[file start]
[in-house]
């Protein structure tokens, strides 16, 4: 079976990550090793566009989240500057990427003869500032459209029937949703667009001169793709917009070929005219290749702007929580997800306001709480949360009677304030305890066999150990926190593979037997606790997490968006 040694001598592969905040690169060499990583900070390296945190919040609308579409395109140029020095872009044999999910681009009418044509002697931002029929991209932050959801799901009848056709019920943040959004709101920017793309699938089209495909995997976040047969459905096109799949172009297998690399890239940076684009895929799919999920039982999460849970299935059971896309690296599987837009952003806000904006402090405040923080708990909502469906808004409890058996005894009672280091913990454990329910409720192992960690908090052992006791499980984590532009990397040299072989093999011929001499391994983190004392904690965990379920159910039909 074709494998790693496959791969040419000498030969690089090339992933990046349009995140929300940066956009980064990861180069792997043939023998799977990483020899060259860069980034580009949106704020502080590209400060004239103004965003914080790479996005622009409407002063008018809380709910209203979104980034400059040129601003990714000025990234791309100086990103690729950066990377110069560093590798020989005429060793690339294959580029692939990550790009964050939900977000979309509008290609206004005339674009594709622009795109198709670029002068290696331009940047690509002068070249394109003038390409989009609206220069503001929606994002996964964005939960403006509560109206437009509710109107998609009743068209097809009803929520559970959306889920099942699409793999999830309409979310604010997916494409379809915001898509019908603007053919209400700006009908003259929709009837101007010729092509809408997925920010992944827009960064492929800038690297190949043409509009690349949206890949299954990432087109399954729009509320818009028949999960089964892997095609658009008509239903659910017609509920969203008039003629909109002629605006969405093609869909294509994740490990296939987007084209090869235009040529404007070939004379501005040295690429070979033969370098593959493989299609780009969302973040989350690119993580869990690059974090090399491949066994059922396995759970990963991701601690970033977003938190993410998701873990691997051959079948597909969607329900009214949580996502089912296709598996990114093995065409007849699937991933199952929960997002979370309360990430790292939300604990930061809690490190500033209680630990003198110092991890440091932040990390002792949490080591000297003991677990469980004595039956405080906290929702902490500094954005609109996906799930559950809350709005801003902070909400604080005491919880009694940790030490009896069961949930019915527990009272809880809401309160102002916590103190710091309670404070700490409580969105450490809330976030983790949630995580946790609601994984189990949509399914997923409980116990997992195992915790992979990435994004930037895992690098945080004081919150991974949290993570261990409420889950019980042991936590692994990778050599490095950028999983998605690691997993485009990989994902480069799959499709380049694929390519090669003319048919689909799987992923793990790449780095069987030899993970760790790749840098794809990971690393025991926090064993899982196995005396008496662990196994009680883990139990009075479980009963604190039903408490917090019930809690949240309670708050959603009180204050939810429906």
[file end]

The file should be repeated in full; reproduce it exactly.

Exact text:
[in-house]
């Protein structure tokens, strides 16, 4: 079976990550090793566009989240500057990427003869500032459209029937949703667009001169793709917009070929005219290749702007929580997800306001709480949360009677304030305890066999150990926190593979037997606790997490968006 040694001598592969905040690169060499990583900070390296945190919040609308579409395109140029020095872009044999999910681009009418044509002697931002029929991209932050959801799901009848056709019920943040959004709101920017793309699938089209495909995997976040047969459905096109799949172009297998690399890239940076684009895929799919999920039982999460849970299935059971896309690296599987837009952003806000904006402090405040923080708990909502469906808004409890058996005894009672280091913990454990329910409720192992960690908090052992006791499980984590532009990397040299072989093999011929001499391994983190004392904690965990379920159910039909 074709494998790693496959791969040419000498030969690089090339992933990046349009995140929300940066956009980064990861180069792997043939023998799977990483020899060259860069980034580009949106704020502080590209400060004239103004965003914080790479996005622009409407002063008018809380709910209203979104980034400059040129601003990714000025990234791309100086990103690729950066990377110069560093590798020989005429060793690339294959580029692939990550790009964050939900977000979309509008290609206004005339674009594709622009795109198709670029002068290696331009940047690509002068070249394109003038390409989009609206220069503001929606994002996964964005939960403006509560109206437009509710109107998609009743068209097809009803929520559970959306889920099942699409793999999830309409979310604010997916494409379809915001898509019908603007053919209400700006009908003259929709009837101007010729092509809408997925920010992944827009960064492929800038690297190949043409509009690349949206890949299954990432087109399954729009509320818009028949999960089964892997095609658009008509239903659910017609509920969203008039003629909109002629605006969405093609869909294509994740490990296939987007084209090869235009040529404007070939004379501005040295690429070979033969370098593959493989299609780009969302973040989350690119993580869990690059974090090399491949066994059922396995759970990963991701601690970033977003938190993410998701873990691997051959079948597909969607329900009214949580996502089912296709598996990114093995065409007849699937991933199952929960997002979370309360990430790292939300604990930061809690490190500033209680630990003198110092991890440091932040990390002792949490080591000297003991677990469980004595039956405080906290929702902490500094954005609109996906799930559950809350709005801003902070909400604080005491919880009694940790030490009896069961949930019915527990009272809880809401309160102002916590103190710091309670404070700490409580969105450490809330976030983790949630995580946790609601994984189990949509399914997923409980116990997992195992915790992979990435994004930037895992690098945080004081919150991974949290993570261990409420889950019980042991936590692994990778050599490095950028999983998605690691997993485009990989994902480069799959499709380049694929390519090669003319048919689909799987992923793990790449780095069987030899993970760790790749840098794809990971690393025991926090064993899982196995005396008496662990196994009680883990139990009075479980009963604190039903408490917090019930809690949240309670708050959603009180204050939810429906």